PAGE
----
MySQL tools are administrative tools that are available for your instances to assist you in managing and maintaining your application and database. Some of these tools are installed on database instances or specific types of database instances (replica vs. master) while others will be installed on all instances in your environment. Additional information about these tools is found below.
Binary log purge
Category: root crontab
Default Frequency: 4 hours
The binary logs are the built-in MySQL method for replicating data between servers. Since these files contain a record of all writes against a server, they can provide a valuable history of database activity.
The binary log purge tool uses the environment's DNA information about known replicas to determine the furthest behind replica. The tool will then purge one log at a time pausing 120 seconds (
log_purge_sleep) and will remove up to 10 logs (
max_files_purged) leaving 2 files (
keep) before the furthest behind replica's position. When
master-bin.000001 exists, the log purge tool will not start removing logs until your disk space is 50 percent (
If disk space usage does not exceed 70 percent (
max_pct_maintain_binlogs) and you have at least 10GB (
min_gb_maintain_binlogs) of available space, the script will attempt to maintain 24 hours (
keep_binlog_hours) of binary logs. These settings can be helpful for maintaining enough binary logs to support the ability to start a replica based on an older valid snapshot.
The binary log purge tool provides several options for customization that can be modified with a custom Chef cookbook that modifies
/etc/engineyard/binlogpurge.yml. If an option is not present in this file, the script will use the default.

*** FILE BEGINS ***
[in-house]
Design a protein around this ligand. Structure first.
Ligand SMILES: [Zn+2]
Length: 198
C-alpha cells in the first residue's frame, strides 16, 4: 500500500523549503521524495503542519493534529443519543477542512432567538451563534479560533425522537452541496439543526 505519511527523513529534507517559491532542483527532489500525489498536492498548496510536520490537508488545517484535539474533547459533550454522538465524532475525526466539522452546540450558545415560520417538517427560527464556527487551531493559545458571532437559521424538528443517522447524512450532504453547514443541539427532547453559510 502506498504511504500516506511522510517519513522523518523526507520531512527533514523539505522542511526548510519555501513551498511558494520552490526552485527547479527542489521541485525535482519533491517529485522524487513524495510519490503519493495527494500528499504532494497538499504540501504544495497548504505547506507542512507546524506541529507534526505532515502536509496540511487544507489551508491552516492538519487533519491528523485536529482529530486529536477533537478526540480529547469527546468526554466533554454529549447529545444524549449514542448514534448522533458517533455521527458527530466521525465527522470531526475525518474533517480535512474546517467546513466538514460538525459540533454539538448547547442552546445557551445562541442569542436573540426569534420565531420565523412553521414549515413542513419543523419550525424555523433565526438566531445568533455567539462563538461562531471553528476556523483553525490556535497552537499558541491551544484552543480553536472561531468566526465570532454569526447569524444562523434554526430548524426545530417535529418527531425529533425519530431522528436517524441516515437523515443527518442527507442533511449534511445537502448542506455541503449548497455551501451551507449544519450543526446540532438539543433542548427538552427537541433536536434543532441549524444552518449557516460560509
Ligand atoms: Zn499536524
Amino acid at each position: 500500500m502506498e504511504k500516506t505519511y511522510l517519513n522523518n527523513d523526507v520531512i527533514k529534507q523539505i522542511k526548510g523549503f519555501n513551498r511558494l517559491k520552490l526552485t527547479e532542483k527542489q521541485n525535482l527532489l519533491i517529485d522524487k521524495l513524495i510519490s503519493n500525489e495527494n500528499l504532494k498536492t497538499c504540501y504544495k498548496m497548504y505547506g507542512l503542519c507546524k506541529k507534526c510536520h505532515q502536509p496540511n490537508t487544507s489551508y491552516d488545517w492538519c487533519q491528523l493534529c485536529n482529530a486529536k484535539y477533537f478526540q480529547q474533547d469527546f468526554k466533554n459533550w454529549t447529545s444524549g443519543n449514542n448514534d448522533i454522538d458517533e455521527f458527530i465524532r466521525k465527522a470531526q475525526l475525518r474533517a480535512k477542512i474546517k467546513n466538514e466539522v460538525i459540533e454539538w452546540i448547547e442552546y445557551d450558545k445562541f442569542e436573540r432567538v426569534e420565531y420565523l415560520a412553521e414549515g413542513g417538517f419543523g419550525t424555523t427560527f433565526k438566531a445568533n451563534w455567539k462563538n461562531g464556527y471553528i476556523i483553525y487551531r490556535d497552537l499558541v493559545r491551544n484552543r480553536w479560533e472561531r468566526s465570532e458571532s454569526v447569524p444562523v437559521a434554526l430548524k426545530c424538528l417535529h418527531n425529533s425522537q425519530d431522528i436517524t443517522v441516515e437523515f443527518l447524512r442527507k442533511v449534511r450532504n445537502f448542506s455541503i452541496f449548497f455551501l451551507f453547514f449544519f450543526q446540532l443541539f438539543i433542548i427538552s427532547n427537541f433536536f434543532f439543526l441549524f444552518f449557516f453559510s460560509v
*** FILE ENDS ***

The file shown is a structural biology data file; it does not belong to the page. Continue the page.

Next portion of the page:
keep- the number of log files prior to the furthest behind replica that will be maintained by the master.
disk_purge_threshold- the percentage of disk usage for when the tool will purge the first binary log (default: 50 percent).
log_purge_sleep- the length of time the process will wait between removing files (default: 120 seconds).
max_files_purged- the maximum number of files the process will remove in a run (default: 10).
keep_binlog_hours- the number of hours the server will attempt to maintain binary logs for (default: 24).
min_gb_maintain_binlogs- the minimum amount of space that must be available on /db in order to maintain all binary logs for
max_pct_maintain_binlogs- the maximum percentage of disk usage permitted to allow
keep_binlog_hoursof binary logs to be maintained (default: 70 percent).
The default settings and run frequency of this tool will meet the needs of most applications. To run this script manually use:
The most common change to make with this is to increase the frequency of the cron schedule in the case where an application generates more than 60 binary logs in a 24 hour period. You can do this using a custom Chef cookbook that modifies the existing cron configuration. For example, a Chef snippet that would modify the schedule to every two hours would be:
cron "binary_log_purge" do
command '/engineyard/bin/binary_log_purge -q'
If configured correctly, the binary log purge tool is capable of reading the position of one remote replica. To make this possible you must create an SSH tunnel that connects in both directions and the port of your remote database must be connected to port 13306 on your Engine Yard database instance. The root database password for your remote host must also match the root password of your Engine Yard database. If this is not configured, the purge tool will ignore the position of your remote replica and print a warning, but then continue log removal based on the position of your local replicas.
Category: on demand user utility
Often referred to as a top clone for MySQL, this tool connects to the running server and uses server status and process list information to display activity against the server in real time. This tool is installed and configured for your use automatically on both master and replica databases. The default configuration uses the application database user
'deploy' (usually) to monitor the server; with the limited privileges of this user, it only sees other server activity associated with this user account.
Within the console, here are some of the most frequently used options:
'?'- provides help about options that are available.
'e'- explains a query.
'f'- shows full query info.
'k'- kills a thread.
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